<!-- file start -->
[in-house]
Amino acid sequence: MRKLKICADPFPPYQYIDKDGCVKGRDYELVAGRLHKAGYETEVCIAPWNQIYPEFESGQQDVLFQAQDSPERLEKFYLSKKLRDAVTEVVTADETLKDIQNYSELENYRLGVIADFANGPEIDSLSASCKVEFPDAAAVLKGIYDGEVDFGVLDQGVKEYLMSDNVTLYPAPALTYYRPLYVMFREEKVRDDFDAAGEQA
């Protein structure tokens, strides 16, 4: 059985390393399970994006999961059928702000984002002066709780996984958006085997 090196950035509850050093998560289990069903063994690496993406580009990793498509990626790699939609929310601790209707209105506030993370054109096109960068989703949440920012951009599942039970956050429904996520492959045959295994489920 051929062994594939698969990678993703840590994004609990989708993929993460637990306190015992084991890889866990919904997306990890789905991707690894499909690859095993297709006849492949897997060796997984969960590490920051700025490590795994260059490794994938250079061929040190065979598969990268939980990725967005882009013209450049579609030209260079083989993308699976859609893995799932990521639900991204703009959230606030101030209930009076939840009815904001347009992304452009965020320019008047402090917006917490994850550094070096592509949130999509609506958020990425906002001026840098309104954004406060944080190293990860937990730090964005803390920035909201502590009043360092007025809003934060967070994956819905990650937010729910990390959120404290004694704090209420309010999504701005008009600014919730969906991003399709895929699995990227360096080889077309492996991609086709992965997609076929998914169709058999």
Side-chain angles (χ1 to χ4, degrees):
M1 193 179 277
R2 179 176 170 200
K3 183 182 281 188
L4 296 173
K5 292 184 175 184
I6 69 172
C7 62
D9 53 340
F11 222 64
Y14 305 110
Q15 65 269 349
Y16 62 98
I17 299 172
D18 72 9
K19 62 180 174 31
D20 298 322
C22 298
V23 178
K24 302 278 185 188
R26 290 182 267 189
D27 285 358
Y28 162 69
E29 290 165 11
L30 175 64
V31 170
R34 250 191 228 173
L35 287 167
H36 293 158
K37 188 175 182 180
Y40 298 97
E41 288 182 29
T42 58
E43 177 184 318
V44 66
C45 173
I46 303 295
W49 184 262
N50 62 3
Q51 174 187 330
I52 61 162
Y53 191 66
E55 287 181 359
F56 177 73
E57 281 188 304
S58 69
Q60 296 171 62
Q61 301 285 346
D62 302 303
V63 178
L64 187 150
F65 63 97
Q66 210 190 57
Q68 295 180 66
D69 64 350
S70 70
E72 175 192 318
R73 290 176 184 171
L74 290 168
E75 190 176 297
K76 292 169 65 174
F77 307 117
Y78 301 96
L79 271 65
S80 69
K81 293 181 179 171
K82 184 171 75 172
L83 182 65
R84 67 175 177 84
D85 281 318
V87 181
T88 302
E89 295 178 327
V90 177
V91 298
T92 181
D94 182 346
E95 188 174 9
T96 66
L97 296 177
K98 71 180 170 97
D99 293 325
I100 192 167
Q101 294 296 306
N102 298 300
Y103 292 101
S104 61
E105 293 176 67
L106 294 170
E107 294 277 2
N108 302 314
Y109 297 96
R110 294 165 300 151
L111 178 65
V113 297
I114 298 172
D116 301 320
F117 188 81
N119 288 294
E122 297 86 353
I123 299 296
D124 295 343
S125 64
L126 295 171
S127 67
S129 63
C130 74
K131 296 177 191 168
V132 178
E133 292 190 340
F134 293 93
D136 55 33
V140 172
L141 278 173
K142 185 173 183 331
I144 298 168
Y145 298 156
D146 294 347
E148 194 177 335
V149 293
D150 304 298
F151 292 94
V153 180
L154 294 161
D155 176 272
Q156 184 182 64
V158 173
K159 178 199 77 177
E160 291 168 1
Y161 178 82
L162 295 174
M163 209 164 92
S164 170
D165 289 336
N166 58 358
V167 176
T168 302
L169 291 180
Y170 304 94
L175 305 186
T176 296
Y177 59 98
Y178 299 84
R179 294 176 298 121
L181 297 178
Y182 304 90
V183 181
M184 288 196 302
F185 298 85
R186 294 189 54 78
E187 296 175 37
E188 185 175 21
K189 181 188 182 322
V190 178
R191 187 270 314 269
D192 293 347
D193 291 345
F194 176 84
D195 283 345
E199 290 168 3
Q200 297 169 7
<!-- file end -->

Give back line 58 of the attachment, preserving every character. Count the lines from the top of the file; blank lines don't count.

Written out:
D69 64 350